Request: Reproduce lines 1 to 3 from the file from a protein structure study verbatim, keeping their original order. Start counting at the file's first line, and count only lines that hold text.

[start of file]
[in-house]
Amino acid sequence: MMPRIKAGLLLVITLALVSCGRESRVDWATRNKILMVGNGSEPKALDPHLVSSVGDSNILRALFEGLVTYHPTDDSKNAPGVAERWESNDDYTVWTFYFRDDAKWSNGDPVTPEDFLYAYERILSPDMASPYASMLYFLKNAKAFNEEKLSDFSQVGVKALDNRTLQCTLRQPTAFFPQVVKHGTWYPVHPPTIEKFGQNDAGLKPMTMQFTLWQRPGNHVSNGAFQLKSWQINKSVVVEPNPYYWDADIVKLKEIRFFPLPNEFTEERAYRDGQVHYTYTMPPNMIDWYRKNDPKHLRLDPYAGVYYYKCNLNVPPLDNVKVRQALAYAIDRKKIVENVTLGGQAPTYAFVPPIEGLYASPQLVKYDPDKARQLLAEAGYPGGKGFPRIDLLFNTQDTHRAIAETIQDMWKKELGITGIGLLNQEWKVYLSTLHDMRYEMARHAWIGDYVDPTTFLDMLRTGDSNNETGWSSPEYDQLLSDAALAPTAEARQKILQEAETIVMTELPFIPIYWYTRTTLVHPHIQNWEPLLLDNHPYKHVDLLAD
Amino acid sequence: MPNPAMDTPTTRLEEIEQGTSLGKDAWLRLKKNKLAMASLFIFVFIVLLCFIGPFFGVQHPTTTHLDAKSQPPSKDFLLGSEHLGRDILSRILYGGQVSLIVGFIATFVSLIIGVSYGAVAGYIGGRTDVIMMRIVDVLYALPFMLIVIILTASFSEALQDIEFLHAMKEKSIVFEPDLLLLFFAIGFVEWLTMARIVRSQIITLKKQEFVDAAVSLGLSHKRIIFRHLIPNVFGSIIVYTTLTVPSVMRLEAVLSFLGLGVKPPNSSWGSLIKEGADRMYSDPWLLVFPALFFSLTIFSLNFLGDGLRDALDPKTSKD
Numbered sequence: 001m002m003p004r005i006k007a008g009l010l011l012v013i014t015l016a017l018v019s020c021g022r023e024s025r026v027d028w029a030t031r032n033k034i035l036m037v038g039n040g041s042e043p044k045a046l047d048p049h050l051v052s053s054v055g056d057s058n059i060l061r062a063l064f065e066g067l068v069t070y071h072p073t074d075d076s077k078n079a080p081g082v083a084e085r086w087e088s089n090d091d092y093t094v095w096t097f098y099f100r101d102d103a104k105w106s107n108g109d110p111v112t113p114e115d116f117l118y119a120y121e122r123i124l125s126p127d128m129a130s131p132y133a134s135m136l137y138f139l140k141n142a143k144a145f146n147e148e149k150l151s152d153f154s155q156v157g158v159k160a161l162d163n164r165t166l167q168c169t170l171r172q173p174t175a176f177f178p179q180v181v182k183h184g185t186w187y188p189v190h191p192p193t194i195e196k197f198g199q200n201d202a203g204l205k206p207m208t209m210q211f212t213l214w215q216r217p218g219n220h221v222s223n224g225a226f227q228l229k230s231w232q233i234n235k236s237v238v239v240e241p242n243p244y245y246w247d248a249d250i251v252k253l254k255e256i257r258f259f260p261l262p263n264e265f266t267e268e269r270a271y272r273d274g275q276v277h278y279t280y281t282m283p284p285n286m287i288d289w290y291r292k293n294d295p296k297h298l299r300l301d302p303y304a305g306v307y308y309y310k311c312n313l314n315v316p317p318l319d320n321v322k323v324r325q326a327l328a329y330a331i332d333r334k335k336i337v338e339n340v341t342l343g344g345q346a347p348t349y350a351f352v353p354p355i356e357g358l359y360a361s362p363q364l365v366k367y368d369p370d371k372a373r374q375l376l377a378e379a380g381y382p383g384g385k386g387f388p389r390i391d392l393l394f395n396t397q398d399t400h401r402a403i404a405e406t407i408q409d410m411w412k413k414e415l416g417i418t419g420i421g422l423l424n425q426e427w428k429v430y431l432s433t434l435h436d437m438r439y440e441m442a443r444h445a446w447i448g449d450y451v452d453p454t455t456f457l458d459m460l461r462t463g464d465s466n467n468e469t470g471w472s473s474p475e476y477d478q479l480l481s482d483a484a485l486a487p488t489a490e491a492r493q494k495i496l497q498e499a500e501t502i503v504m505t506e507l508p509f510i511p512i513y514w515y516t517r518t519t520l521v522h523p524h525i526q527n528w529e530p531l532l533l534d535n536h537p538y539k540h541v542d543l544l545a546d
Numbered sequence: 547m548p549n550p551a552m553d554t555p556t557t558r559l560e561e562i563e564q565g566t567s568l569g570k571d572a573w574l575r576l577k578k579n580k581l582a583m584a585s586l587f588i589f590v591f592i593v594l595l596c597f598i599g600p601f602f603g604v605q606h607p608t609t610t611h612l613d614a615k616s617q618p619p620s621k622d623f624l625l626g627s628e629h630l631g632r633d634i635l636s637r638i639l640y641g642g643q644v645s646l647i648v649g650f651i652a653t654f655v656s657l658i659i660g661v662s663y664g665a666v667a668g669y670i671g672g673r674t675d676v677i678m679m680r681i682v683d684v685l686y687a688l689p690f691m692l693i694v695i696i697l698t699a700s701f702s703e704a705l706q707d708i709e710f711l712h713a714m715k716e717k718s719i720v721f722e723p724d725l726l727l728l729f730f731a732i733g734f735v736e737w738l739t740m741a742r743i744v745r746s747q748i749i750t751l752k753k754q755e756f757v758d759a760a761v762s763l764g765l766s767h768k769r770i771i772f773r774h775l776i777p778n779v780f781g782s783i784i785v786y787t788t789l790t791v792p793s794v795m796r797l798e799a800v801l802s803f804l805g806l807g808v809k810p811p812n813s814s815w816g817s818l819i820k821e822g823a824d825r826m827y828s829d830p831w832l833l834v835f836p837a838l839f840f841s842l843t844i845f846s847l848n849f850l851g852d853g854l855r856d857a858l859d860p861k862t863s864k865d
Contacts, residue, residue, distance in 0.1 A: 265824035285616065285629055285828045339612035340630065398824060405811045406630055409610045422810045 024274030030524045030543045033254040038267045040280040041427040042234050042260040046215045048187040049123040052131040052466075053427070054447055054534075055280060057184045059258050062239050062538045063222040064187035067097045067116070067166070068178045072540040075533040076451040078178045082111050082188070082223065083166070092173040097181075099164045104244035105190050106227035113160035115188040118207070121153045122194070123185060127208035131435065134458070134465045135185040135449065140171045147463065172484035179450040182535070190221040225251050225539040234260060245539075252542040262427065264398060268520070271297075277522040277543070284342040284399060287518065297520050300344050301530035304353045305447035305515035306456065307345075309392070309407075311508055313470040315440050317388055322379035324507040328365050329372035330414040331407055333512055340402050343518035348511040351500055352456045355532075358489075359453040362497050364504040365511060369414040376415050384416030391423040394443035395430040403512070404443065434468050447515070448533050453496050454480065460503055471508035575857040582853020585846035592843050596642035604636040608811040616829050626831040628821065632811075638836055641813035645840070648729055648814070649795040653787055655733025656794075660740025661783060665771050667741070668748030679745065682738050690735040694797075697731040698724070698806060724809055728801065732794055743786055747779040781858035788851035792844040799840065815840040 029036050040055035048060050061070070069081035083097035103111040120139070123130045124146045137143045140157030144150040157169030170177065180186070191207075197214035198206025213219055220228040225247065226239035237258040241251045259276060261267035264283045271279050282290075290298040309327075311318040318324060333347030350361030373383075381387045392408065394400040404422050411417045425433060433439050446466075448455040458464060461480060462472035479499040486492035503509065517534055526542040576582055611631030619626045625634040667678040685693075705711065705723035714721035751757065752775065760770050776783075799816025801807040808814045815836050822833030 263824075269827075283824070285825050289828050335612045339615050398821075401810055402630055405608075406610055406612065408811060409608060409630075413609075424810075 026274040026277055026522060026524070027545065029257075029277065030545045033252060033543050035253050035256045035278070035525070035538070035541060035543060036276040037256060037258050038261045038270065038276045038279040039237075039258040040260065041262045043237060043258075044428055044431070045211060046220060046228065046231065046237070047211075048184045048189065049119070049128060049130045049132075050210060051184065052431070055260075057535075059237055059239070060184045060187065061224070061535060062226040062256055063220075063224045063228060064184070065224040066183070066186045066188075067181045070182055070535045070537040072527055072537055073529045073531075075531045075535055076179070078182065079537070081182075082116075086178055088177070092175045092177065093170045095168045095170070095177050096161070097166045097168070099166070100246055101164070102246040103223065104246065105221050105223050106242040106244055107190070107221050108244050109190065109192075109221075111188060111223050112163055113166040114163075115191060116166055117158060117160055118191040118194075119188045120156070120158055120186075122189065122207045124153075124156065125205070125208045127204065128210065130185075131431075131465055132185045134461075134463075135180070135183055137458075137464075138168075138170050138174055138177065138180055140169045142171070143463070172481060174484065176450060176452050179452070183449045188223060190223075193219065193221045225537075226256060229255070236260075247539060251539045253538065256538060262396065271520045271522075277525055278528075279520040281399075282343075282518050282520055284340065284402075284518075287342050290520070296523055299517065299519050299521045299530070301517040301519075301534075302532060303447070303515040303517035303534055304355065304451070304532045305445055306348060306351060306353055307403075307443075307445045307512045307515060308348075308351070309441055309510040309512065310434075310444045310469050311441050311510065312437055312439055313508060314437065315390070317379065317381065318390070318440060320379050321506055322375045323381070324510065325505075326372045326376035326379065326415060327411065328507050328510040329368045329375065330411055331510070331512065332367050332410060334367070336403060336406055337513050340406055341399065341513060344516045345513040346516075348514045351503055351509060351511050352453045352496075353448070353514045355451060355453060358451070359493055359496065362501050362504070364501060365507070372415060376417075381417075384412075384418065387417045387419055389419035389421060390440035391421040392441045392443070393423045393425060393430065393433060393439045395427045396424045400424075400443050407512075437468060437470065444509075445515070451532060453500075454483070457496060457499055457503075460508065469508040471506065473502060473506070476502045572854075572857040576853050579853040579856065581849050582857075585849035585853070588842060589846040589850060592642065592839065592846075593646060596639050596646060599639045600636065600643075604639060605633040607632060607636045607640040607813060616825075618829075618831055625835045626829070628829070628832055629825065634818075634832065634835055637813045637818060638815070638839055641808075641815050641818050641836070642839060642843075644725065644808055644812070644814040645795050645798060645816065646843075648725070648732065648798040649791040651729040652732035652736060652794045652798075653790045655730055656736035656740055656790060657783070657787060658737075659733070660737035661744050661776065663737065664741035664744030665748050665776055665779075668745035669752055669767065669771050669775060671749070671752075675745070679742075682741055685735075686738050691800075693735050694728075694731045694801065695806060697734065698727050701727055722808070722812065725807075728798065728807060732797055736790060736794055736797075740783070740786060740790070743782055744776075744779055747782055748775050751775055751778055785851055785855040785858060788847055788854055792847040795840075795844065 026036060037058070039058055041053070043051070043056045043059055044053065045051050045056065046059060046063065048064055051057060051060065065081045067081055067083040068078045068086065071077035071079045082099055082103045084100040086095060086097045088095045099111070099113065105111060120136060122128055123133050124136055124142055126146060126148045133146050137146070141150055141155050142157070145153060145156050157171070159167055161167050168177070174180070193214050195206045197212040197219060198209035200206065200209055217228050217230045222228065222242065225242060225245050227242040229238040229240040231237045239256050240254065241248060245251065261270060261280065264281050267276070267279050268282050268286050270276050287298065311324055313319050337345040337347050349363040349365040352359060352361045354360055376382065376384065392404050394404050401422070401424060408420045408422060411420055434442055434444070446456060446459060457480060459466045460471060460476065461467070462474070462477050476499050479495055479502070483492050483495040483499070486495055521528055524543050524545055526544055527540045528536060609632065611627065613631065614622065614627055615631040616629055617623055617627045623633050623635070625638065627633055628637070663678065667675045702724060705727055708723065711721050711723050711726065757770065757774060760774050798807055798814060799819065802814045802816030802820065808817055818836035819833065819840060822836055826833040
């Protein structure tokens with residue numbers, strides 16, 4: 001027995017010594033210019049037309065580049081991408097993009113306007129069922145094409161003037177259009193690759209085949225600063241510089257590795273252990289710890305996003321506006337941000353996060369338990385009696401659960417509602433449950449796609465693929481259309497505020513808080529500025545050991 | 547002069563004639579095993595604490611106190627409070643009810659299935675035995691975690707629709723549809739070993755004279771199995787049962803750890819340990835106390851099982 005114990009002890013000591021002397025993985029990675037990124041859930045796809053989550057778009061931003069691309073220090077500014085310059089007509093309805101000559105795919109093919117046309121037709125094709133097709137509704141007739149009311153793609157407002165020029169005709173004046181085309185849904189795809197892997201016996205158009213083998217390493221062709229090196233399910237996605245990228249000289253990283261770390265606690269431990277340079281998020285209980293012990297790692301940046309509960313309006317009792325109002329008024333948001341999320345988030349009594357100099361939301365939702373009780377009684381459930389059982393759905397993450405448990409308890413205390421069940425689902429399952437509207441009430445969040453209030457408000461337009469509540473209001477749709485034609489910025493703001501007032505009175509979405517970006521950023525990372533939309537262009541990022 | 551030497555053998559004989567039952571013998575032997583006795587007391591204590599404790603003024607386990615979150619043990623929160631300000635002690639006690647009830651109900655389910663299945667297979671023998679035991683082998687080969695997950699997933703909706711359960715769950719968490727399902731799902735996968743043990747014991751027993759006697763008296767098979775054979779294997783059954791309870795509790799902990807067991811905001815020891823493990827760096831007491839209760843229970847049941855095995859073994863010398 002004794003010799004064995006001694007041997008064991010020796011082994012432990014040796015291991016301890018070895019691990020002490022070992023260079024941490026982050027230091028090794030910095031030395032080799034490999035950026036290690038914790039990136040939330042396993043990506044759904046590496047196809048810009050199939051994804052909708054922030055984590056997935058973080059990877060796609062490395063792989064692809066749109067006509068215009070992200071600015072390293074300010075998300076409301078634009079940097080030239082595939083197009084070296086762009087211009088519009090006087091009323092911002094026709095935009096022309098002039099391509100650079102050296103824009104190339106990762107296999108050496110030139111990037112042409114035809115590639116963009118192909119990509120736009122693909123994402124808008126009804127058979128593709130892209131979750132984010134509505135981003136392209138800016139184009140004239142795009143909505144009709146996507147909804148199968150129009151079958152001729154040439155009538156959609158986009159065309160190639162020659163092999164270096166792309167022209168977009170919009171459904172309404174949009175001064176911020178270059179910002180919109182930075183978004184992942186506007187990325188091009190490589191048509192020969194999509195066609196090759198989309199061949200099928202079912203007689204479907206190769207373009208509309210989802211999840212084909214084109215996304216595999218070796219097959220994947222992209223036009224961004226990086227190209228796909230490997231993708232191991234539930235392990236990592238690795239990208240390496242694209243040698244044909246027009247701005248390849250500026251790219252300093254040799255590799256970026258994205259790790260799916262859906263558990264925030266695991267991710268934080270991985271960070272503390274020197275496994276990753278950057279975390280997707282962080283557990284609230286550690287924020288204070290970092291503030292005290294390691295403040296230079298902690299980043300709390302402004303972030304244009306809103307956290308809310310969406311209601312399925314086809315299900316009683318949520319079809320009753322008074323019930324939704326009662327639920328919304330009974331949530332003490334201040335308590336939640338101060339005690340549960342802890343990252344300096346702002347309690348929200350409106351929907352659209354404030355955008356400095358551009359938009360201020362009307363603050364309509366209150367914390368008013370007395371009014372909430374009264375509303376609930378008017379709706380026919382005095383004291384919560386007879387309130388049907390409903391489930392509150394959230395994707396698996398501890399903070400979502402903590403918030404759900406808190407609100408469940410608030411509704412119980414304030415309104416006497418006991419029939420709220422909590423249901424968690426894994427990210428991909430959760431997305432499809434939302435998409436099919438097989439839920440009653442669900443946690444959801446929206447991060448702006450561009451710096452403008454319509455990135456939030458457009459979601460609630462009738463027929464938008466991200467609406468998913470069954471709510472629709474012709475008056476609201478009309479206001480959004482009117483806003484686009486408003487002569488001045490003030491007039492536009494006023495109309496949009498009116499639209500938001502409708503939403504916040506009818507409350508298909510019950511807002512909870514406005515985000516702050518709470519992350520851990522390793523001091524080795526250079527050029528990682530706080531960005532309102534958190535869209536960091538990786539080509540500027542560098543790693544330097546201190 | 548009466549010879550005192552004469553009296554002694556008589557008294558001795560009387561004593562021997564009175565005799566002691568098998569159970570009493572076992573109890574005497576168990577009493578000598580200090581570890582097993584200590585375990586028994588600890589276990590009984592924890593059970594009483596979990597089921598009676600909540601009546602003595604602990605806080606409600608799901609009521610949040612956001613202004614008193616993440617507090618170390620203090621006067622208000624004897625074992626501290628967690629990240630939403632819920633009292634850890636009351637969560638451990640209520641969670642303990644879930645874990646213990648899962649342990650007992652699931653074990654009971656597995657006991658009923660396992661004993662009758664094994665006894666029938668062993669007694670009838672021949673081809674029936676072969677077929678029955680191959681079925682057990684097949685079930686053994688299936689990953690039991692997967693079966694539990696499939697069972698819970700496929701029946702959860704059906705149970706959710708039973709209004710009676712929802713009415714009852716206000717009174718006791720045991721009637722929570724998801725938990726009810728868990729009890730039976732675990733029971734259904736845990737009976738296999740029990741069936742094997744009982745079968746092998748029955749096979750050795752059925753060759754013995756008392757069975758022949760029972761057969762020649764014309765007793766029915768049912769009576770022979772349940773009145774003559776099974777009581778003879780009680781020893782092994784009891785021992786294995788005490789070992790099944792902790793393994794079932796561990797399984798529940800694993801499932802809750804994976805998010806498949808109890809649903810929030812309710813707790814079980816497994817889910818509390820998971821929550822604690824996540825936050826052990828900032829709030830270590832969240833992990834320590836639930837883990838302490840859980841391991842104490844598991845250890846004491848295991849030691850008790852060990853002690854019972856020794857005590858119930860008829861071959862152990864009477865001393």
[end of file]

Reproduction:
[in-house]
Amino acid sequence: MMPRIKAGLLLVITLALVSCGRESRVDWATRNKILMVGNGSEPKALDPHLVSSVGDSNILRALFEGLVTYHPTDDSKNAPGVAERWESNDDYTVWTFYFRDDAKWSNGDPVTPEDFLYAYERILSPDMASPYASMLYFLKNAKAFNEEKLSDFSQVGVKALDNRTLQCTLRQPTAFFPQVVKHGTWYPVHPPTIEKFGQNDAGLKPMTMQFTLWQRPGNHVSNGAFQLKSWQINKSVVVEPNPYYWDADIVKLKEIRFFPLPNEFTEERAYRDGQVHYTYTMPPNMIDWYRKNDPKHLRLDPYAGVYYYKCNLNVPPLDNVKVRQALAYAIDRKKIVENVTLGGQAPTYAFVPPIEGLYASPQLVKYDPDKARQLLAEAGYPGGKGFPRIDLLFNTQDTHRAIAETIQDMWKKELGITGIGLLNQEWKVYLSTLHDMRYEMARHAWIGDYVDPTTFLDMLRTGDSNNETGWSSPEYDQLLSDAALAPTAEARQKILQEAETIVMTELPFIPIYWYTRTTLVHPHIQNWEPLLLDNHPYKHVDLLAD
Amino acid sequence: MPNPAMDTPTTRLEEIEQGTSLGKDAWLRLKKNKLAMASLFIFVFIVLLCFIGPFFGVQHPTTTHLDAKSQPPSKDFLLGSEHLGRDILSRILYGGQVSLIVGFIATFVSLIIGVSYGAVAGYIGGRTDVIMMRIVDVLYALPFMLIVIILTASFSEALQDIEFLHAMKEKSIVFEPDLLLLFFAIGFVEWLTMARIVRSQIITLKKQEFVDAAVSLGLSHKRIIFRHLIPNVFGSIIVYTTLTVPSVMRLEAVLSFLGLGVKPPNSSWGSLIKEGADRMYSDPWLLVFPALFFSLTIFSLNFLGDGLRDALDPKTSKD